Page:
Opinion: The Buffy Wicks we know: Progressive champion who gets results

She got into grassroots politics because of her outrage over the lack of health care in this country. She has organized for unions. She worked to elect Barack Obama.

Like any good organizer, Buffy Wicks introduced us to her grassroots campaign for Assembly District 15 with her personal story. Here’s what we learned.

In 2003, sporting her nose ring and bullhorn, Buffy was a leader in the Bay Area protests against the Iraq War. The week the war started, she got a call from her friend – he needed her to pick him up from the clinic in the Mission District. He had just tested positive for HIV.

Buffy arrived at the clinic and sat with her friend as they learned about t-cell counts, viral loads and treatment options — the biology of survival.

When they got into her car, he turned to her and said, “I don’t have any health insurance.”

Scared and angry, Buffy’s mission came into focus. While her country was investing billions in a war she felt was unjustified, it was failing to provide for its own citizens at home.

Inspired by his universal healthcare and anti-war message, within a few weeks, Buffy moved to Iowa to work for 2004 Presidential candidate Howard Dean.  She joined hundreds of others who trudged through the ice and snow of Iowa in January spreading Governor Dean’s message. It was a radical message. He unapologetically bucked the Democratic establishment, fought the party over its support of the Iraq War and for failing to make social services and equal rights a central pillar of the party. While Dean didn’t make it into the White House, his campaign and the people who stood with him forced their fellow Democrats to see that Americans deserved a country that looked out for ordinary working people. They showed the value of running on a bold progressive vision built on solid grassroots organizing.

When the Dean campaign ended, she joined the United Food and Commercial Workers as a leader in the “Wake-Up Walmart” campaign, a union-driven effort to confront corporate labor practices that left millions of working-poor without health insurance. She traveled the country by bus, rallying against Walmart, educating communities about the harm Walmart stores were doing to their communities and neighbors. For her efforts, Walmart executives begrudgingly labeled her “Buffy the Walmart Slayer.”

In 2007, when she was once again inspired by a presidential candidate who made health care a priority, Buffy joined the upstart and very long-shot presidential campaign of the junior U.S. Senator from Illinois, Barack Obama.  In California, Buffy worked with her longtime mentor, Marshall Ganz, to develop the campaign’s national organizing model right here in the East Bay. Many of us got our first taste of this different approach to organizing at Camp Obama in Longshoreman’s Hall in San Francisco that Buffy led. The first person grassroots campaign propelled an unlikely candidate into the White House.  After the election, Buffy went to work for the new president as his deputy director of the White House Office of Public Engagement under Valerie Jarrett. There she put her organizing skills to work once again mobilizing the progressive base to help pass the Affordable Care Act.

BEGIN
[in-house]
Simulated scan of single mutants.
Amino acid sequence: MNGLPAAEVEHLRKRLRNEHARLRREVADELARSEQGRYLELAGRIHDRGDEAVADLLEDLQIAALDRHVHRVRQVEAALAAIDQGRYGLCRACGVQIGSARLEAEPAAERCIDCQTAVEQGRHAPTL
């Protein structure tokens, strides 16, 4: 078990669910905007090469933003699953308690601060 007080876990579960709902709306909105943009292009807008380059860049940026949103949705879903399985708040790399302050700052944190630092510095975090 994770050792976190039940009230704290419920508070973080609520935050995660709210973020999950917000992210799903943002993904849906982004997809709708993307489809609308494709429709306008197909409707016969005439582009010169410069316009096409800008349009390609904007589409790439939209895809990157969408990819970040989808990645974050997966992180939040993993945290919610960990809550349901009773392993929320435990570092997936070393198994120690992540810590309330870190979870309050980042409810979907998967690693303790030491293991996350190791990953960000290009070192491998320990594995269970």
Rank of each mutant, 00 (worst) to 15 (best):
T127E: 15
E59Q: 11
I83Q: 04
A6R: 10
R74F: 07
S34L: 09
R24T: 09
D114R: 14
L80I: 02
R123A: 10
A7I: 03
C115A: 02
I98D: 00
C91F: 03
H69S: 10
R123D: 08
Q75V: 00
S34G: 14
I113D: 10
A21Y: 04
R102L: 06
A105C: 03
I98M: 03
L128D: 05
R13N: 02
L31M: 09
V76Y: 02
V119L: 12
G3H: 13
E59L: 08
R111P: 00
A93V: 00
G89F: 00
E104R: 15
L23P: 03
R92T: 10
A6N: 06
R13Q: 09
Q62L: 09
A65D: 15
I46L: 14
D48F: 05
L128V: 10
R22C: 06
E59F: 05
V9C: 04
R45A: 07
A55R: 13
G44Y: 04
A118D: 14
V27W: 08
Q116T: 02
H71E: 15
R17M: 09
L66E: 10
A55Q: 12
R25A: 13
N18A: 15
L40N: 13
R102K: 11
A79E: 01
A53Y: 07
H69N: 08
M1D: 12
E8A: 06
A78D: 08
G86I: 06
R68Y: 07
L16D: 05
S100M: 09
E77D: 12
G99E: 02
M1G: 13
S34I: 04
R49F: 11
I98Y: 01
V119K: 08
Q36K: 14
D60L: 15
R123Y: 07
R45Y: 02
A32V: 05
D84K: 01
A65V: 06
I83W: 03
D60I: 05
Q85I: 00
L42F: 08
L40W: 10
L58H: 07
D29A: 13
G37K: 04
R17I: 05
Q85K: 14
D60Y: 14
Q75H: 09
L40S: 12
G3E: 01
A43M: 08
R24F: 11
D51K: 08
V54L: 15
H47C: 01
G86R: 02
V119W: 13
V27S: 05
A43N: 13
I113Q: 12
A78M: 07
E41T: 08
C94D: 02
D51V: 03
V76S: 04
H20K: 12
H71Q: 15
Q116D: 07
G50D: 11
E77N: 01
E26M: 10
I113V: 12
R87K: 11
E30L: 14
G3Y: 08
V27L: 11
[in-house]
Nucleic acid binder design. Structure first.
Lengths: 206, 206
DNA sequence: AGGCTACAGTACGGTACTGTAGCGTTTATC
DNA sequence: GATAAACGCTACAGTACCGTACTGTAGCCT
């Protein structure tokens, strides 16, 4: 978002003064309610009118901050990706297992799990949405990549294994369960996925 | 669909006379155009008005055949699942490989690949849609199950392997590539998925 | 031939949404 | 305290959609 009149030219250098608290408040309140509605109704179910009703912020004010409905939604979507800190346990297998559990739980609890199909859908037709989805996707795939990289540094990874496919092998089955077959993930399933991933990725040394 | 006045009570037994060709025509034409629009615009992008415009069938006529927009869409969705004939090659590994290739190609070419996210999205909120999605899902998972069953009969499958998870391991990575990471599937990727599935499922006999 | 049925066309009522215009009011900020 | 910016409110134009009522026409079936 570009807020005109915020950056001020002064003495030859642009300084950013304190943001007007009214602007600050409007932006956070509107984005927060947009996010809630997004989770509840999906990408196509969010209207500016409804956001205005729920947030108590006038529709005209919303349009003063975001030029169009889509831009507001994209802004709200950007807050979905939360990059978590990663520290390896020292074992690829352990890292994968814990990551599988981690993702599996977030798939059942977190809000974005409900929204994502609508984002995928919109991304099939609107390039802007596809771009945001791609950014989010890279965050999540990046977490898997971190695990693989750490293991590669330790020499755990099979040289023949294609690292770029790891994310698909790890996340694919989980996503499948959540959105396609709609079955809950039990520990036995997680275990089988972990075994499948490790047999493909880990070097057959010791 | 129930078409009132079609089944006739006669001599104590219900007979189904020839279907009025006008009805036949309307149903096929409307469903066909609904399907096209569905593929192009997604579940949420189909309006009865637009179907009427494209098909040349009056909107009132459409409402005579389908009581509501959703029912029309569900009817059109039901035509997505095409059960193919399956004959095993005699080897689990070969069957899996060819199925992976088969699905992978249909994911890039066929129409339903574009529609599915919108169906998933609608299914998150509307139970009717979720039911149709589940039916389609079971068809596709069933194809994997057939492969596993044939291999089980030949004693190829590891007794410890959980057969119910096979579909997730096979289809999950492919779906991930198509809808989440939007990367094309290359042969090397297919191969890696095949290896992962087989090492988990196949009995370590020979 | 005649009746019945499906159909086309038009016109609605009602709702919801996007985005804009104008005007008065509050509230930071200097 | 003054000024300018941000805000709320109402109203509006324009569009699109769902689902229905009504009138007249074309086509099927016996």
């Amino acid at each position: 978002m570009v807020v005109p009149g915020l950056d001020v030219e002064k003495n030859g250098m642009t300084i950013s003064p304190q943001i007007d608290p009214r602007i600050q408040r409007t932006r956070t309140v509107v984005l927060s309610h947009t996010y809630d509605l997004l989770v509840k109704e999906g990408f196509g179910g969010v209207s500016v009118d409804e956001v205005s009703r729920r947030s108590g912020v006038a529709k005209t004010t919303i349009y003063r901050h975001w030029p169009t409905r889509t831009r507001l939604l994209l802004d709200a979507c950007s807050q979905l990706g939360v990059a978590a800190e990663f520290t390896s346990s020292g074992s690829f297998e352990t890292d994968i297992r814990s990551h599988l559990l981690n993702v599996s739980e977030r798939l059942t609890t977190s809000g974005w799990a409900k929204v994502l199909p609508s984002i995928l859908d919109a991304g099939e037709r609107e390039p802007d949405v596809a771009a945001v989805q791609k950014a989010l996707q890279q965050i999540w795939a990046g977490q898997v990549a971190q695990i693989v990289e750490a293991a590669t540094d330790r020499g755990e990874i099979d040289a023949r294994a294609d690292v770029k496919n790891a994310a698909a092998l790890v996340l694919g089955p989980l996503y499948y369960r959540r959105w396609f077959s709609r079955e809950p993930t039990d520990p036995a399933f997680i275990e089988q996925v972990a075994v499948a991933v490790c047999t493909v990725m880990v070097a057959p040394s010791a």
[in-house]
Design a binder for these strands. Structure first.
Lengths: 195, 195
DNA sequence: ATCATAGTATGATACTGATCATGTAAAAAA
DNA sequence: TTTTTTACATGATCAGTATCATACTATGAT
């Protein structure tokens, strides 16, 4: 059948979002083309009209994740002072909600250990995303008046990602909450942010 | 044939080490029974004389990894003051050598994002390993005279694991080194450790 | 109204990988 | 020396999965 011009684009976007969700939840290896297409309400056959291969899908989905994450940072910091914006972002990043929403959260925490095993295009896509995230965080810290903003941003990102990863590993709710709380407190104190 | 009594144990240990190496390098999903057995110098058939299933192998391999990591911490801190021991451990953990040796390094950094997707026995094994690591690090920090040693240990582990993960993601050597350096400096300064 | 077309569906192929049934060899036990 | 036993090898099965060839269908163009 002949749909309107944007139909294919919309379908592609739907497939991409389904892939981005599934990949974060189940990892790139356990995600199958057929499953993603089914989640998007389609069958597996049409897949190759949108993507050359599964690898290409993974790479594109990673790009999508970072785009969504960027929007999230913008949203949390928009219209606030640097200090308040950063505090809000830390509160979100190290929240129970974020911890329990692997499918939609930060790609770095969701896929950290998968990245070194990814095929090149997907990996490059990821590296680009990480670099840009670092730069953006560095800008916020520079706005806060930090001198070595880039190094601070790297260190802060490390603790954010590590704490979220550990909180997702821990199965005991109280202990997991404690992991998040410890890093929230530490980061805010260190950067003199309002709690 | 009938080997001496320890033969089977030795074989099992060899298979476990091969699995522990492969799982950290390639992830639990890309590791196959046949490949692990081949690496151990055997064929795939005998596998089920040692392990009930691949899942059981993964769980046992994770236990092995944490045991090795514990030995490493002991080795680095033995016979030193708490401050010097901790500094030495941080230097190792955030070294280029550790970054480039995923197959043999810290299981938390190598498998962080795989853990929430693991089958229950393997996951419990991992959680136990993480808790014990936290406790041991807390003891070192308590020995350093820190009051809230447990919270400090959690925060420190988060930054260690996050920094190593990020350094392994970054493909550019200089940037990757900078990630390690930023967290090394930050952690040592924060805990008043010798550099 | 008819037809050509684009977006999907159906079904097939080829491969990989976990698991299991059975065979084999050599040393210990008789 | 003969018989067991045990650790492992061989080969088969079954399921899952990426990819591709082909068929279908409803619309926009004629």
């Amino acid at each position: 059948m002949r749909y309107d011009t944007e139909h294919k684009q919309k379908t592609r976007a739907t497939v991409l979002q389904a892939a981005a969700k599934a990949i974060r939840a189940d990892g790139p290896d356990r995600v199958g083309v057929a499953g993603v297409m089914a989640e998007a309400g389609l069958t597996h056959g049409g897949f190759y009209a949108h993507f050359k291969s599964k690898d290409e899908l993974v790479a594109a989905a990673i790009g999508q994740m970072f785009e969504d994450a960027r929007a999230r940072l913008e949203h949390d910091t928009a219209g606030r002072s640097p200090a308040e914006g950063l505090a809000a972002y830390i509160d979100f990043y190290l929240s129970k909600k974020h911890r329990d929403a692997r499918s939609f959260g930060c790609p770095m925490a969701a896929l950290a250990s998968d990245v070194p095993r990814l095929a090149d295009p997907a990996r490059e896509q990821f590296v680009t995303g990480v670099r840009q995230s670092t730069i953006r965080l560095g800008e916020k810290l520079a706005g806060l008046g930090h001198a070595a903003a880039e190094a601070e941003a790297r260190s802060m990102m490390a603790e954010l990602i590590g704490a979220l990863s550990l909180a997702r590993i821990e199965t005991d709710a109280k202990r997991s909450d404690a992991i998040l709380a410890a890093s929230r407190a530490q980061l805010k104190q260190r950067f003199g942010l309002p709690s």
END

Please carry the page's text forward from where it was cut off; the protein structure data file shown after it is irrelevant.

Almost seven years after sitting with her friend in that clinic, Buffy sat with President Obama in the Roosevelt Room of the White House and watched as Congress voted in favor of the Affordable Care Act. As the last vote came in, the room erupted with applause– and Buffy knew her friend would no longer be considered uninsurable because of his preexisting condition. Because of that vote she’d worked so hard to make happen, 20 million Americans, including five million Californians, got access to health insurance.

She went on to partner with Planned Parenthood, SEIU and the Center for American Progress to start a national women’s economic initiative. In California, she organized parents to fight for more funding for public schools, pass the tobacco tax and enact better leave policies for new moms. Her work has directly benefited thousands of residents of Assembly District 15.

Buffy Wicks, who grew up in a trailer in a small Sierra Nevada town, has been a leader in the progressive movement for 20 years fighting for labor, education, healthcare and economic equity. She’s earned the endorsement of both her former bosses, President Obama and Governor Dean, because she is bringing those same values, ideas and strategies to our campaign for Assembly District 15. Her grassroots victory in the primary was the result of organizing, specifically 161 house parties, over 500 volunteers, 35,000 doors knocked – all the while refusing corporate contributions. It’s a hardworking grassroots campaign that we are both proud to support. Ultimately, it was her strong progressive platform that turned neighbors into organizers and mobilized over 500 volunteers to take action.

The progressive movement has both the opportunity and responsibility to deliver for the people of California. Buffy is the woman who can lead the way. She has the skills to organize progressive groups around legislative priorities, the reach to enlist leaders like Gavin Newsom and Kamala Harris (both of whom have endorsed her) to go the last mile to help our cause and communities, and the ability to unite the Legislature behind bold progressive policies.

Because what is the Legislature other than just another group of people to organize for progressive change – something Buffy’s been doing her whole life.

Buffy Wicks is the progressive champion we need in Sacramento to get things done.

Vincent Casalaina is the former northern vice chair for the Progressive Caucus of the California Democratic Party, and is a delegate to the California Democratic Party for AD15. Dianne Martinez serves as a Council member for the City of Emeryville. She is also a delegate to the California Democratic Party for AD15.